Woe to those who rise early in the morning, that they may run after strong drink, who tarry late into the evening as wine inflames them!”

Isaiah 5:11 (ESV)

Those that wake up in the morning with the urge, or craving, for “strong drink,” meaning alcoholic beverages, are in great distress; woe. 

“Nor thieves, nor the greedy, nor drunkards, nor revilers, nor swindlers will inherit the kingdom of God.”

1 Corinthians 6:10 (ESV)

The gates to eternal life in God’s kingdom are narrow, and only few find it (Matthew 7:14). Drunkards are not among those that find it. 

nuns with bottles of red wine for the post is drinking a sin

Self-Controlled and Sober-Minded

Although there is no direct command against the consumption of alcohol, there are numerous commands to be self-controlled and sober-minded.

“The end of all things is at hand; therefore be self-controlled and sober-minded for the sake of your prayers.”

1 Peter 4:7 (ESV)

“A man without self-control is like a city broken into and left without walls.”

Proverbs 25:28 (ESV)

“But hospitable, a lover of good, self-controlled, upright, holy, and disciplined.”

Titus 1:8 (ESV)

These specific Bible verses are not stated in the context of drinking, however, being self-controlled bleeds into all aspects of the daily lives of Christians. We are to be self-controlled in our thoughts, emotions, words, and actions, both towards ourselves and others, mirroring the image of Christ to the world. If you are drunk, you are not in control of your words or actions, and therefore are not able to proactively put your flesh to death in the Spirit. 

“Therefore, preparing your minds for action, and being sober-minded, set your hope fully on the grace that will be brought to you at the revelation of Jesus Christ.”

1 Peter 1:13 (ESV)

Older men are to be sober-minded, sound in faith, in love, and in steadfastness. Older women likewise are to be reverent in behavior, not slanderers or slaves to much wine. They are to teach what is good.”

Titus 2:2-3 (ESV)

The command to be sober-minded more directly relates to the drinking of alcohol as of course, sober and drunk are opposites. We are to always be in a state of rational thinking, in control of our minds and bodies.

This is not to say that you can never have a glass of wine (unless that’s enough to alter your mind), but you must have the ability to stop yourself before you lose that control. However, if you know that one glass of wine will only make you want more, maybe you shouldn’t even have that; and that leads into the topic that truly answers “is drinking a sin?”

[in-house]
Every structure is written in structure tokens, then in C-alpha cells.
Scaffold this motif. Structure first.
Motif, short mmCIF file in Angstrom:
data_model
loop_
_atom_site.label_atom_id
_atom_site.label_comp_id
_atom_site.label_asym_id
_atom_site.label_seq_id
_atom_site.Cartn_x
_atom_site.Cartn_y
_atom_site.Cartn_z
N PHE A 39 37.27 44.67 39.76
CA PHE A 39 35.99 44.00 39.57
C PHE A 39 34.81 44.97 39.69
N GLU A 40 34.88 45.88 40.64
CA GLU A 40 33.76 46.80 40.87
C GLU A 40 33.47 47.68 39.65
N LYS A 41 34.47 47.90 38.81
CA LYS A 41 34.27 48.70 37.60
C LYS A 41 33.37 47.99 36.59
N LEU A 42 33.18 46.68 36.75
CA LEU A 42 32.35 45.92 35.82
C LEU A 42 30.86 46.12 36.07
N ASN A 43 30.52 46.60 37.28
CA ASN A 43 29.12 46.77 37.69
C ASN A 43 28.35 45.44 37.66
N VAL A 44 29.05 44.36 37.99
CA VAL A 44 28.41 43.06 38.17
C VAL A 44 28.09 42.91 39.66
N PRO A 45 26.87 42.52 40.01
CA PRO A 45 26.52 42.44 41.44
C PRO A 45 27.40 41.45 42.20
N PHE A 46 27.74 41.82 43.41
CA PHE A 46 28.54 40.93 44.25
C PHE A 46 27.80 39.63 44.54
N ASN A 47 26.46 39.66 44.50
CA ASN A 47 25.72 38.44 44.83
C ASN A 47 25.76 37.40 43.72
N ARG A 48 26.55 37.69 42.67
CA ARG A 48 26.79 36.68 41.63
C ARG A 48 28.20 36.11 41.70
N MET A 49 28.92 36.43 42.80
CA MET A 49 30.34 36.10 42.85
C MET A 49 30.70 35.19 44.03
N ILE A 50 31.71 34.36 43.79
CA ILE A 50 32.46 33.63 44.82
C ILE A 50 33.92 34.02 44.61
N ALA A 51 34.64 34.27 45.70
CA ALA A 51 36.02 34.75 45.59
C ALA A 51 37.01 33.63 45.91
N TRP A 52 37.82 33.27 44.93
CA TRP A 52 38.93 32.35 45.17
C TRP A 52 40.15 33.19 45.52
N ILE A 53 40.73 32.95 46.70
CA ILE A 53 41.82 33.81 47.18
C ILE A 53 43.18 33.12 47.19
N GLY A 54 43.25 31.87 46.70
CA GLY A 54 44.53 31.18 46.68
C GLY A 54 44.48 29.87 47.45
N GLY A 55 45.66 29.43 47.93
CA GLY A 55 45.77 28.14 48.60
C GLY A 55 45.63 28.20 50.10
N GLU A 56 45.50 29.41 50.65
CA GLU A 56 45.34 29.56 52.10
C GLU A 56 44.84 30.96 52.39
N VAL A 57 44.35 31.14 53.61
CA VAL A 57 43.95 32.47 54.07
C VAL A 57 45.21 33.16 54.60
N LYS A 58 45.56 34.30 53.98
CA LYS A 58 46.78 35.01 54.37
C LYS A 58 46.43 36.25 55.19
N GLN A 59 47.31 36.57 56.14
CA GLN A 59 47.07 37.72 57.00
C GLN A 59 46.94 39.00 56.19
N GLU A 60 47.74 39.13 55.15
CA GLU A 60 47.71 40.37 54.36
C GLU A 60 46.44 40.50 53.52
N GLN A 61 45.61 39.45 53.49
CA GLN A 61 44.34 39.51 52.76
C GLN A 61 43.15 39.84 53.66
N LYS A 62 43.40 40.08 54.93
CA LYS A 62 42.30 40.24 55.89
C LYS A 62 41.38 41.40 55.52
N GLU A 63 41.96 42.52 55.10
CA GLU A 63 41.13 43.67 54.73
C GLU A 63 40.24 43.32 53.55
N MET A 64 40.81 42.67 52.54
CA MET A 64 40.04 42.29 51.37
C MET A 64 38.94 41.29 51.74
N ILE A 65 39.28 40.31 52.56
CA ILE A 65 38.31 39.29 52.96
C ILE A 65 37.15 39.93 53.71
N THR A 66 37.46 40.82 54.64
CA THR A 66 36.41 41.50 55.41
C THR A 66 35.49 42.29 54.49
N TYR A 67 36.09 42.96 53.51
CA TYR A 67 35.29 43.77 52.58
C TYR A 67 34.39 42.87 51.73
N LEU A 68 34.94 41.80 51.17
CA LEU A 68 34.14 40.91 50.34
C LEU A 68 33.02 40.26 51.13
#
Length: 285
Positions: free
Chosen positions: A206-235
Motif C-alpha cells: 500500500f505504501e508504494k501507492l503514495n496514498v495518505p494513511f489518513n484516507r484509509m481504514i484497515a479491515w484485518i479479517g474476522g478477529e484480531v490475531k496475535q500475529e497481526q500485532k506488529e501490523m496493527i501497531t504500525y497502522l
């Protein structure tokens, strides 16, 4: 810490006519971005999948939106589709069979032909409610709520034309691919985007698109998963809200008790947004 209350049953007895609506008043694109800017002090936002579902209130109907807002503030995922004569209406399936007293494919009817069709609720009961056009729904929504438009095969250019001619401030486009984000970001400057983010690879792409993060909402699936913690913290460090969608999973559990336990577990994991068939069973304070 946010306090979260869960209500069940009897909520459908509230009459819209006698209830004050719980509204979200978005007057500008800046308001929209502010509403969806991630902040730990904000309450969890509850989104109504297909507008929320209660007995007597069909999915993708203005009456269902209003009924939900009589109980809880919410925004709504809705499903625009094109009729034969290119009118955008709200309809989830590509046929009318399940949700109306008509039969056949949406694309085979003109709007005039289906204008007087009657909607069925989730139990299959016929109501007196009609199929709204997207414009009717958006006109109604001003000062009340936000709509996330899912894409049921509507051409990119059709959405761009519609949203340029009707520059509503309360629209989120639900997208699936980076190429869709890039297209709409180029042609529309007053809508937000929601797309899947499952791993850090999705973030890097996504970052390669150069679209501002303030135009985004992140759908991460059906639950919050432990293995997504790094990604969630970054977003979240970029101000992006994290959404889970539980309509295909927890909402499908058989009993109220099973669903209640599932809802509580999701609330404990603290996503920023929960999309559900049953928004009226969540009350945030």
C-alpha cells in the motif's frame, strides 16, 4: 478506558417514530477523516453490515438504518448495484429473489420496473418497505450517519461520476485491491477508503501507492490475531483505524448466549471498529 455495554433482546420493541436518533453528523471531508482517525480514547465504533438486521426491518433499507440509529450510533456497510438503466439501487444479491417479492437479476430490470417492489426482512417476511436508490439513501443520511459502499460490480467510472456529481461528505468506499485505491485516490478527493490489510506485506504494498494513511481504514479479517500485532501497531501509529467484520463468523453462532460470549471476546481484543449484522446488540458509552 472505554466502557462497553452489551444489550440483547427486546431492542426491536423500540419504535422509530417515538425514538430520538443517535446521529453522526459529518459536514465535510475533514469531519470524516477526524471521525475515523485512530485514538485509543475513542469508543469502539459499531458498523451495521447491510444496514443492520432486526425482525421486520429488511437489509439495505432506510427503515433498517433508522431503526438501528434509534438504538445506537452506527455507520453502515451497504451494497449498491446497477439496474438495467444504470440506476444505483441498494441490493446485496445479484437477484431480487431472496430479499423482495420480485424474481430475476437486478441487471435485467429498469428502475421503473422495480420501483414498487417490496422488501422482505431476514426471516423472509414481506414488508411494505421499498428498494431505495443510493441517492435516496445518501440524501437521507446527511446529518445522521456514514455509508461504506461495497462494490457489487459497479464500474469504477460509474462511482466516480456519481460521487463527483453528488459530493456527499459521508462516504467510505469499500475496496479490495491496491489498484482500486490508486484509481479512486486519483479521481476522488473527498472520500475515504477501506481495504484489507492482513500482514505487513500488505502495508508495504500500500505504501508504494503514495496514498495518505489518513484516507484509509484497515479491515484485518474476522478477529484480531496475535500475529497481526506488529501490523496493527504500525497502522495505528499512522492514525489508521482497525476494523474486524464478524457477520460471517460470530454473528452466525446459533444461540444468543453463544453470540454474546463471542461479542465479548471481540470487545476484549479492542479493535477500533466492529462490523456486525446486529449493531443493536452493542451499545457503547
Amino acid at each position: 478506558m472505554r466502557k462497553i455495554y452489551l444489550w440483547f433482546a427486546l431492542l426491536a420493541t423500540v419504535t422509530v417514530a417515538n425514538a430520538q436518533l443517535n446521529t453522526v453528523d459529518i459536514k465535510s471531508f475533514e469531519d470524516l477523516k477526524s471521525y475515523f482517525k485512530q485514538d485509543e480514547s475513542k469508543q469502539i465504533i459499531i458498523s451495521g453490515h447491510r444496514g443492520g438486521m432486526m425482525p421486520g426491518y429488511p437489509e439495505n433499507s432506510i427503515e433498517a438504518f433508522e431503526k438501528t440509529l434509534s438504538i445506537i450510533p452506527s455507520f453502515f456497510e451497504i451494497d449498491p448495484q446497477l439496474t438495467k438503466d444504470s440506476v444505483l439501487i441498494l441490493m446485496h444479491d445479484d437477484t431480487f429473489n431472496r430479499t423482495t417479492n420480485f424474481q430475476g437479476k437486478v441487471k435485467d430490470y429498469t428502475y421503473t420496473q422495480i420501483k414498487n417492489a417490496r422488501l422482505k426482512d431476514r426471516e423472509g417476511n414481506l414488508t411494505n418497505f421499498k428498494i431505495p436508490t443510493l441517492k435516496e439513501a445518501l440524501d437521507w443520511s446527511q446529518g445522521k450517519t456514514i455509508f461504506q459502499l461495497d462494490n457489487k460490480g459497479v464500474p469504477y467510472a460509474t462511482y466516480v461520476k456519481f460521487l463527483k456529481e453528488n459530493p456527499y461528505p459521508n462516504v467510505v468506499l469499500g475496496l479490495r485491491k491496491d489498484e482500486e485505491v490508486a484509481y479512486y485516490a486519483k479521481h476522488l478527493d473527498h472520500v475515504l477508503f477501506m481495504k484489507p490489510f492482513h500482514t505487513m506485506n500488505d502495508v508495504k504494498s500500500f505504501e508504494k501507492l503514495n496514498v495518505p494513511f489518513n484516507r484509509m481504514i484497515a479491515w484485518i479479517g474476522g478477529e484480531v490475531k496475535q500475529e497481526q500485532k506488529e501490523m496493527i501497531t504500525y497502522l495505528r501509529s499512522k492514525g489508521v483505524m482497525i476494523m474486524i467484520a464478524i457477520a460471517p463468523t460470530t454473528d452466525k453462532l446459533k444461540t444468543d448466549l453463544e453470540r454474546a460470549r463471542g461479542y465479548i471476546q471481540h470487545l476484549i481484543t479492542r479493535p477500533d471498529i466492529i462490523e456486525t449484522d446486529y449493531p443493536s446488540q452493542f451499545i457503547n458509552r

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Personal Conviction

A personal conviction is something that the Bible does not have a clear stance on, and is therefore a gray area left between an individual Christian and God. Other examples of these would include tattoos, language (specifically cussing), working women, and more. ‘

As it relates to drinking and whether or not that is a sin, it is a decision that you must come to with God for yourself. If you have a genetic disposition towards addiction, if you’ve struggled with excessive drinking in the past, or if you struggle with self-control in general, then maybe it is best for you to practice total abstinence from alcoholic drinks. But again, it is only something that can be decided between yourself and God.

What is important to understand when wrestling with the topic of drinking in your life and coming to a personal choice, is that no matter what, you are to always obey the commandments of God through scripture, and reflect the light of Jesus Christ, the Son of Man, to the unbelieving world. If there is anything that stops you from doing so, it should be avoided. 

So is drinking a sin? It depends. 

“I know and am persuaded in the Lord Jesus that nothing is unclean in itself, but it is unclean for anyone who thinks it unclean.”

Romans 14:14 (ESV)

If you think it is a sin to have even one sip of alcohol, then it is a sin for you to have even one sip of alcohol. If you think it is okay for you to have one glass of wine, then it is okay for you to have one glass of wine. Just remember, it is not just want you think based on what you want, it is what you think based on your relationship with God in your Christian walk. 

This too goes for how you interact with others when it comes to the consumption of alcohol. If you have made the personal decision that it is okay to participate in the moderate use of alcoholic drinks from time to time (with the absence of abuse of alcohol of course), but your sister in Christ has determined otherwise, then you should not drink in social settings where she is present, possibly causing her to stumble in her faith. 

“Do not, for the sake of food, destroy the work of God. Everything is indeed clean, but it is wrong for anyone to make another stumble by what he eats. It is good not to eat meat or drink wine or do anything that causes your brother to stumble.”

Romans 14:20-21 (ESV)

We have looked at what scripture says regarding wine as a part of culture in biblical times, drunkenness, self-control, and sober-mindedness, as well as explored the concept of personal convictions.

As much as we all wish we could have an easy answer anytime someone asks, “Is drinking a sin?” God’s word just doesn’t lend a hand to it. However, you are hopefully set up well to delve deeper into the topic and come to a personal decision based on scripture and your own personal relationship with God. 

You may enjoy this video by Allen Parr about “is drinking a sin”?

ESV – “Scripture quotations are from The ESV® Bible (The Holy Bible, English Standard Version®), copyright © 2001 by Crossway, a publishing ministry of Good News Publishers. Used by permission. All rights reserved.”